Various agents such as inhalational anesthetics, β-blockers, nitroglycerine, sodium nitroprusside, and magnesium sulfate are routinely used. Dexmedetomidine is a highly selective α2 agonist. It acts on α2A and imidazoline type I receptors. Alpha-2 receptors regulate the autonomic nervous and cardiovascular systems. They are located in the blood vessels, where they cause vasoconstriction and in the sympathetic terminal where they inhibit norepinephrine release. This ultimately leads to fall in BP and heart rate (HR). Dexmedetomidine is equally useful for controlled hypotension.3 Dexmedetomidine has got inherent analgesic, sedative, and anesthetic-sparing properties that avoid use of multiple drugs.4,5 Dexmedetomidine exerts sedative and analgesic-sparing effect through central locus ceruleus and in the dorsal horn of the spinal cord.6

Propofol is an intravenous anesthetic agent useful for controlled hypotension. It is associated with positive influence on the inhibitory function of the neurotransmitter γ-aminobutyric acid (GABA) through GABA-A receptors.7,8 Propofol has negative inotropic effect through inhibition of sympathetic vasoconstrictor nerve activity. It has got anti-emetic, antipruritic, and anticonvulsant activity. Complete awakening without residual central nervous system effects has made it popular for day care surgery. The use of propofol infusion for deliberate hypotension is associated with improved quality of surgical field in functional endoscopic sinus surgery (FESS).9

In a randomized study in Iranian patients undergoing FESS by Moshiri et al., propofol and dexmedetomidine were reported to be equally effective in reduction of bleeding and achieving appropriate surgical field.10 Shah et al. and Rupa Kumari et al. reported similar outcomes with both agents in FESS in Indian population.11,12 Verma et al. reported that propofol was associated with greater requirement of rescue analgesia and poor patient satisfaction than dexmedetomidine in middle ear surgeries.13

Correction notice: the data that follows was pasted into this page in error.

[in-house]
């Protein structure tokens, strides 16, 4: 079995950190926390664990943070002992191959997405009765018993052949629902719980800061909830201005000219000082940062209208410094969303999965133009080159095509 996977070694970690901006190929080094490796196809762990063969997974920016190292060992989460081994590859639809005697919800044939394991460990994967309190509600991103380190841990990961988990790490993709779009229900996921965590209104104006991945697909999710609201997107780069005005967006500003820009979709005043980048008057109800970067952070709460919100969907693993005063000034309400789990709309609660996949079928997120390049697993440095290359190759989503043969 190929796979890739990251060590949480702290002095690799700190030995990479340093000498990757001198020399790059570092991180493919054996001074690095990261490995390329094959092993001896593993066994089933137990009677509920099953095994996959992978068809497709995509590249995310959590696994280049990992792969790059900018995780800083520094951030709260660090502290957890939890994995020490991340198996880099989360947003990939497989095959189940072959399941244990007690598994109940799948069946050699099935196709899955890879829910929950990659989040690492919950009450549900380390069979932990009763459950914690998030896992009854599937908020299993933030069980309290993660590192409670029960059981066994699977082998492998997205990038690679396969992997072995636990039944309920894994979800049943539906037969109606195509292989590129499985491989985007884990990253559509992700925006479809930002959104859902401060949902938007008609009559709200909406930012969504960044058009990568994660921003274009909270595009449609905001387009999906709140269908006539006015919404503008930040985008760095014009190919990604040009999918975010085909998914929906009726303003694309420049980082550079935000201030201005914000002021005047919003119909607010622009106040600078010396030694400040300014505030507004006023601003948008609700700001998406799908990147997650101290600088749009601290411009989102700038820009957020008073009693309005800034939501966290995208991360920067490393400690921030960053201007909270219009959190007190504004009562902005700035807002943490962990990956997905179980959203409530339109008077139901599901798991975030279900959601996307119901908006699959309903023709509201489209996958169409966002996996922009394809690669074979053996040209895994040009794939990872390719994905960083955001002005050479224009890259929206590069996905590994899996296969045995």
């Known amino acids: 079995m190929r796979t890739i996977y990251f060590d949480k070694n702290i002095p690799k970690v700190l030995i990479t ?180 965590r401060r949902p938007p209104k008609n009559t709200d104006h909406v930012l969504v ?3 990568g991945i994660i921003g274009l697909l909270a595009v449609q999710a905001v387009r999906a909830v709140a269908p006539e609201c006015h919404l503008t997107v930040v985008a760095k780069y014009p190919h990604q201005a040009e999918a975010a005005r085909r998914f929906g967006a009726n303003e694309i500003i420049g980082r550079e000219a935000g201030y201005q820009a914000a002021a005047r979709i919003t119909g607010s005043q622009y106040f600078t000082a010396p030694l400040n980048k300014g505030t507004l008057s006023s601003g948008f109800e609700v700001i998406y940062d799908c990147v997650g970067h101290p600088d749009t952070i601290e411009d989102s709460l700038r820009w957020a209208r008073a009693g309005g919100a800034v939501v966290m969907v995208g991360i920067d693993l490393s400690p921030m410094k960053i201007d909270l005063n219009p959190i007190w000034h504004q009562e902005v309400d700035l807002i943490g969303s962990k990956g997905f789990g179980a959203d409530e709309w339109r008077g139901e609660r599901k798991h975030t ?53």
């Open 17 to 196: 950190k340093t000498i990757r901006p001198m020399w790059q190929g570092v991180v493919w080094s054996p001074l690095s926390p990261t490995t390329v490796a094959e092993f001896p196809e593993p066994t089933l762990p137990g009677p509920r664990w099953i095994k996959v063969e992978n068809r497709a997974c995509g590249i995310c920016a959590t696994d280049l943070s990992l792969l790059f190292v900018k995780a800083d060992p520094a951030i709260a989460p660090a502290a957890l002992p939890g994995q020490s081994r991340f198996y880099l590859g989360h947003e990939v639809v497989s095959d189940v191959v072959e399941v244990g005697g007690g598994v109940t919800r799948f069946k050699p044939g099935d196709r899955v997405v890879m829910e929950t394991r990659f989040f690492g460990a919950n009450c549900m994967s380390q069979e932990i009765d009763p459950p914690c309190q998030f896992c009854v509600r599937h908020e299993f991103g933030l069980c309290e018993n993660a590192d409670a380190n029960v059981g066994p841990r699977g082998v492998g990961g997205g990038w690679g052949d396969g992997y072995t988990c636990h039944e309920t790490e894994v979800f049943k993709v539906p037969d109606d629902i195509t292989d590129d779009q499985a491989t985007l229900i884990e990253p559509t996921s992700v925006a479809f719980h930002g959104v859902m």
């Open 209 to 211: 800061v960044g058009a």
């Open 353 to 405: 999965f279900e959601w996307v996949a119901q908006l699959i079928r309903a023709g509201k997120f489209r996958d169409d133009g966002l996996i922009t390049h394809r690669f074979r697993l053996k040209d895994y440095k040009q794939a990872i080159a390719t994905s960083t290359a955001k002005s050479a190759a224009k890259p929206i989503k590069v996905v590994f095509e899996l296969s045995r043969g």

We performed this comparative study to explore and understand the efficacy and safety of both agents for controlled hypotension in ENT surgeries and to find out the minimum effective dose of infusion for controlled hypotension in Indian population.


Study Design

A prospective, randomized, and comparative study.

Study Population and Sample Size

The study population of 72 patients of Indian phenotype were randomly taken from random number table and divided into two groups with 36 patients in each group.

  • Group D = dexmedetomidine (dexmedetomidine loading dose of 1 μg/kg dexmedetomidine diluted in 10 mL 0.9% saline infused over 10 minutes before induction of anesthesia, followed by continuous infusion of 0.2–0.7 μg/kg/hour)
  • Group P = propofol group (maintenance dose 100–150 μg/kg/hour)

Inclusion Criteria

Normal adult patients of either sex, age-group between 18 years and 55 years, and patients with ASA physical status I or II undergoing ENT surgeries.

Exclusion Criteria

Patients who are not willing to give consent for participation in the study; pregnant females; patients with hypertension, coronary artery diseases, and renal, hepatic, or cerebral insufficiency; patients taking β-blockers; patients with coagulopathies or receiving drugs influencing blood coagulation; and patients with known allergy to either drug.


The data were collected in a pretested proforma meeting the objectives of the study after obtaining approval from the institutional ethical committee and informed written consent from the patient. The study population was divided into two groups as mentioned.

Materials and Methods

Surgical procedures included in this study are tympanoplasty, chronic suppurative otitis media, dacrocystitis, stapedectomy, FESS, recurrent polyposis, deviated nasal septum, myringoplasty, etc.

Preoperative Assessment

Preanesthetic evaluation was done on the evening before surgery, and written informed consent was taken and patient was kept nil orally 6 hours prior to surgery. On the day of the surgery, patients were connected to multiparameter monitor for monitoring pulse, SpO2, ECG, NIBP, ETCO2, and temperature in the operation theater. Intravenous line was secured with no. 20 intravenous cannula. Baseline BP and HR were recorded.